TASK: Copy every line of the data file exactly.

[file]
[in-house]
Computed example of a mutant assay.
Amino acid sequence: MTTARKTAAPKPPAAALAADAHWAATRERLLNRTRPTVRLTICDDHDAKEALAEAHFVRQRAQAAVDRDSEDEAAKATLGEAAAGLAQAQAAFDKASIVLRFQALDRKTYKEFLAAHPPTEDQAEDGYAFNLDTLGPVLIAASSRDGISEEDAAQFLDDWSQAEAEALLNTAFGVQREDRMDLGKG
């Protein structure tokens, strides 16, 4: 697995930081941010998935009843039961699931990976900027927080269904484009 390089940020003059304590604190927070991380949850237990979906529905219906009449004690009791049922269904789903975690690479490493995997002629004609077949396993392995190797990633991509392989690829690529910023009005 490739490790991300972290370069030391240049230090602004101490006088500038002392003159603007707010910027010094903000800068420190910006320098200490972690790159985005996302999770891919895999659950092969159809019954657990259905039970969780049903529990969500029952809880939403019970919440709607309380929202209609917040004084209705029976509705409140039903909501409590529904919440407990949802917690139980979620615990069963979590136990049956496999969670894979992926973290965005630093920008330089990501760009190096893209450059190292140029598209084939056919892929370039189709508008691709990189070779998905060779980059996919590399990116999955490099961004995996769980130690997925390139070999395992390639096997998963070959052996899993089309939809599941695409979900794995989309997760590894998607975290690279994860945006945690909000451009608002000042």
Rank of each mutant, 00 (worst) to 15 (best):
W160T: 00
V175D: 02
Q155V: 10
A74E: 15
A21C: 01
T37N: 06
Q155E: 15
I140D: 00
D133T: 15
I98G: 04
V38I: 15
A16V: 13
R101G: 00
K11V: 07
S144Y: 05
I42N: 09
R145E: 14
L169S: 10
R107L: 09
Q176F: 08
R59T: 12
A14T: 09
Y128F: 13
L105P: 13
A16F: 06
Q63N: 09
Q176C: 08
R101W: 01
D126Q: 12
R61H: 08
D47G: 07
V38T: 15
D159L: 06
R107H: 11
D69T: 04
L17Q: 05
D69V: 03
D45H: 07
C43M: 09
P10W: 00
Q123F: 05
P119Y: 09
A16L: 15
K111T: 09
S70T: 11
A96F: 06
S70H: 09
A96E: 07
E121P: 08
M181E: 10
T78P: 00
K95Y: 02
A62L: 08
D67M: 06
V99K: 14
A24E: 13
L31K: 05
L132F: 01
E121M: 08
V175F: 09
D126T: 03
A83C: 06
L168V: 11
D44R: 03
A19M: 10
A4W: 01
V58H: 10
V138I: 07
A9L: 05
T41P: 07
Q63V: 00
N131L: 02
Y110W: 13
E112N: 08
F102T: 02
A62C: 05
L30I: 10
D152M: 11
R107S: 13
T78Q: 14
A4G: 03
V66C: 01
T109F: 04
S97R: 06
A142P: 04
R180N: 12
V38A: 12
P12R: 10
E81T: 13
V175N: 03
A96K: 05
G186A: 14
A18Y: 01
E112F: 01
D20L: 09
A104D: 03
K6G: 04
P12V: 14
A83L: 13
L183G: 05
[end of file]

[in-house]
Computed example of a mutant assay.
Amino acid sequence: MTTARKTAAPKPPAAALAADAHWAATRERLLNRTRPTVRLTICDDHDAKEALAEAHFVRQRAQAAVDRDSEDEAAKATLGEAAAGLAQAQAAFDKASIVLRFQALDRKTYKEFLAAHPPTEDQAEDGYAFNLDTLGPVLIAASSRDGISEEDAAQFLDDWSQAEAEALLNTAFGVQREDRMDLGKG
């Protein structure tokens, strides 16, 4: 697995930081941010998935009843039961699931990976900027927080269904484009 390089940020003059304590604190927070991380949850237990979906529905219906009449004690009791049922269904789903975690690479490493995997002629004609077949396993392995190797990633991509392989690829690529910023009005 490739490790991300972290370069030391240049230090602004101490006088500038002392003159603007707010910027010094903000800068420190910006320098200490972690790159985005996302999770891919895999659950092969159809019954657990259905039970969780049903529990969500029952809880939403019970919440709607309380929202209609917040004084209705029976509705409140039903909501409590529904919440407990949802917690139980979620615990069963979590136990049956496999969670894979992926973290965005630093920008330089990501760009190096893209450059190292140029598209084939056919892929370039189709508008691709990189070779998905060779980059996919590399990116999955490099961004995996769980130690997925390139070999395992390639096997998963070959052996899993089309939809599941695409979900794995989309997760590894998607975290690279994860945006945690909000451009608002000042």
Rank of each mutant, 00 (worst) to 15 (best):
W160T: 00
V175D: 02
Q155V: 10
A74E: 15
A21C: 01
T37N: 06
Q155E: 15
I140D: 00
D133T: 15
I98G: 04
V38I: 15
A16V: 13
R101G: 00
K11V: 07
S144Y: 05
I42N: 09
R145E: 14
L169S: 10
R107L: 09
Q176F: 08
R59T: 12
A14T: 09
Y128F: 13
L105P: 13
A16F: 06
Q63N: 09
Q176C: 08
R101W: 01
D126Q: 12
R61H: 08
D47G: 07
V38T: 15
D159L: 06
R107H: 11
D69T: 04
L17Q: 05
D69V: 03
D45H: 07
C43M: 09
P10W: 00
Q123F: 05
P119Y: 09
A16L: 15
K111T: 09
S70T: 11
A96F: 06
S70H: 09
A96E: 07
E121P: 08
M181E: 10
T78P: 00
K95Y: 02
A62L: 08
D67M: 06
V99K: 14
A24E: 13
L31K: 05
L132F: 01
E121M: 08
V175F: 09
D126T: 03
A83C: 06
L168V: 11
D44R: 03
A19M: 10
A4W: 01
V58H: 10
V138I: 07
A9L: 05
T41P: 07
Q63V: 00
N131L: 02
Y110W: 13
E112N: 08
F102T: 02
A62C: 05
L30I: 10
D152M: 11
R107S: 13
T78Q: 14
A4G: 03
V66C: 01
T109F: 04
S97R: 06
A142P: 04
R180N: 12
V38A: 12
P12R: 10
E81T: 13
V175N: 03
A96K: 05
G186A: 14
A18Y: 01
E112F: 01
D20L: 09
A104D: 03
K6G: 04
P12V: 14
A83L: 13
L183G: 05